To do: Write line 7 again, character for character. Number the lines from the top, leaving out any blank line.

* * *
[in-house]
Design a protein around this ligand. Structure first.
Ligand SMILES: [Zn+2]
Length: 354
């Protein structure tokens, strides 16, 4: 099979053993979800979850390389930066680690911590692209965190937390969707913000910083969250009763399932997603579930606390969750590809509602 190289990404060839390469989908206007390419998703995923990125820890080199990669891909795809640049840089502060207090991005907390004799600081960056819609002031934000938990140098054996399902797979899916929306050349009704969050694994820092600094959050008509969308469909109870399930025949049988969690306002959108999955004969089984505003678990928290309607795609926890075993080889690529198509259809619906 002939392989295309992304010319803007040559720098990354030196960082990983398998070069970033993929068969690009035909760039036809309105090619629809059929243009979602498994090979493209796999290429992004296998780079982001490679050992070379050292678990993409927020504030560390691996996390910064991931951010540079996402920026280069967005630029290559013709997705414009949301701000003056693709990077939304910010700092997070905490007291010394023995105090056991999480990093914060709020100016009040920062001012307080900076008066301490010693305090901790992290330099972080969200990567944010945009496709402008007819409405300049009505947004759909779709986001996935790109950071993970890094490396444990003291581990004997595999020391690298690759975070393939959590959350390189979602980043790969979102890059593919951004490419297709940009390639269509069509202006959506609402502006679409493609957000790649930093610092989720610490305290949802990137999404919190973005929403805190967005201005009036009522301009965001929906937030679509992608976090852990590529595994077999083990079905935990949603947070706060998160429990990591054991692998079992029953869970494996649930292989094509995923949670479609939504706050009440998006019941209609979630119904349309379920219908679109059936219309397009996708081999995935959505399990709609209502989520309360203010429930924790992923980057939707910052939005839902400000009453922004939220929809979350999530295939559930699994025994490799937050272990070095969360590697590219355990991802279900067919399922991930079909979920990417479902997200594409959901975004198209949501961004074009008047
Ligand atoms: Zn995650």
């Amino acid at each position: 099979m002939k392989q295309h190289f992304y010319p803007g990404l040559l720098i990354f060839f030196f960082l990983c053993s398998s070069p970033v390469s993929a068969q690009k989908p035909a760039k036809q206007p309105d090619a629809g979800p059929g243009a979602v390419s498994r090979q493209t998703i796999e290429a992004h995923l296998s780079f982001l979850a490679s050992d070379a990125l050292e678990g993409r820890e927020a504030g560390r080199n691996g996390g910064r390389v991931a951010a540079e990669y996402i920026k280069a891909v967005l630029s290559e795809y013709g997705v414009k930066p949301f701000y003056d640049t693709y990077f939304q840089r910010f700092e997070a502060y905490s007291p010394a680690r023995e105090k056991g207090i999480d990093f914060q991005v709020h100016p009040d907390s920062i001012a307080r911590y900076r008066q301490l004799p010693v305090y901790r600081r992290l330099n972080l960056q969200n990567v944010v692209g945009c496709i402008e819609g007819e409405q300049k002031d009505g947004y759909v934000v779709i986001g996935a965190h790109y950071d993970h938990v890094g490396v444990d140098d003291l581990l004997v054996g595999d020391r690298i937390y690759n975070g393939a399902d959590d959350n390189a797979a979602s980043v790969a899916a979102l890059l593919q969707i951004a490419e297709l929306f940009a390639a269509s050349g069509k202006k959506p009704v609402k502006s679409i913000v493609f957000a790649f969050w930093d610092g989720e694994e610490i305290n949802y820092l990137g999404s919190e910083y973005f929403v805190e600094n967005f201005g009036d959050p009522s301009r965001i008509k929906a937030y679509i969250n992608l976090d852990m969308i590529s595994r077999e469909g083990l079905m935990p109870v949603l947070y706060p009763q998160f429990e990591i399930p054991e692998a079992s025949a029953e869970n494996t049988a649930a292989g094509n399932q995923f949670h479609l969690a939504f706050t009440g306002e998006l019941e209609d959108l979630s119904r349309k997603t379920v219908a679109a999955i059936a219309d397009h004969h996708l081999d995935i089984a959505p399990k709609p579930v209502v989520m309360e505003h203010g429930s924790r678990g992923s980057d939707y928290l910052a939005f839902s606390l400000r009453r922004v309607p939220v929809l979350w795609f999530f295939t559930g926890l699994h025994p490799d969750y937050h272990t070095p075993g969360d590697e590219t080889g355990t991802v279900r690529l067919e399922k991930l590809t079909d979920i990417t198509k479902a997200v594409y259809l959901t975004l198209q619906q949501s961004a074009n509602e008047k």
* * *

């Amino acid at each position: 099979m002939k392989q295309h190289f992304y010319p803007g990404l040559l720098i990354f060839f030196f960082l990983c053993s398998s070069p970033v390469s993929a068969q690009k989908p035909a760039k036809q206007p309105d090619a629809g979800p059929g243009a979602v390419s498994r090979q493209t998703i796999e290429a992004h995923l296998s780079f982001l979850a490679s050992d070379a990125l050292e678990g993409r820890e927020a504030g560390r080199n691996g996390g910064r390389v991931a951010a540079e990669y996402i920026k280069a891909v967005l630029s290559e795809y013709g997705v414009k930066p949301f701000y003056d640049t693709y990077f939304q840089r910010f700092e997070a502060y905490s007291p010394a680690r023995e105090k056991g207090i999480d990093f914060q991005v709020h100016p009040d907390s920062i001012a307080r911590y900076r008066q301490l004799p010693v305090y901790r600081r992290l330099n972080l960056q969200n990567v944010v692209g945009c496709i402008e819609g007819e409405q300049k002031d009505g947004y759909v934000v779709i986001g996935a965190h790109y950071d993970h938990v890094g490396v444990d140098d003291l581990l004997v054996g595999d020391r690298i937390y690759n975070g393939a399902d959590d959350n390189a797979a979602s980043v790969a899916a979102l890059l593919q969707i951004a490419e297709l929306f940009a390639a269509s050349g069509k202006k959506p009704v609402k502006s679409i913000v493609f957000a790649f969050w930093d610092g989720e694994e610490i305290n949802y820092l990137g999404s919190e910083y973005f929403v805190e600094n967005f201005g009036d959050p009522s301009r965001i008509k929906a937030y679509i969250n992608l976090d852990m969308i590529s595994r077999e469909g083990l079905m935990p109870v949603l947070y706060p009763q998160f429990e990591i399930p054991e692998a079992s025949a029953e869970n494996t049988a649930a292989g094509n399932q995923f949670h479609l969690a939504f706050t009440g306002e998006l019941e209609d959108l979630s119904r349309k997603t379920v219908a679109a999955i059936a219309d397009h004969h996708l081999d995935i089984a959505p399990k709609p579930v209502v989520m309360e505003h203010g429930s924790r678990g992923s980057d939707y928290l910052a939005f839902s606390l400000r009453r922004v309607p939220v929809l979350w795609f999530f295939t559930g926890l699994h025994p490799d969750y937050h272990t070095p075993g969360d590697e590219t080889g355990t991802v279900r690529l067919e399922k991930l590809t079909d979920i990417t198509k479902a997200v594409y259809l959901t975004l198209q619906q949501s961004a074009n509602e008047k």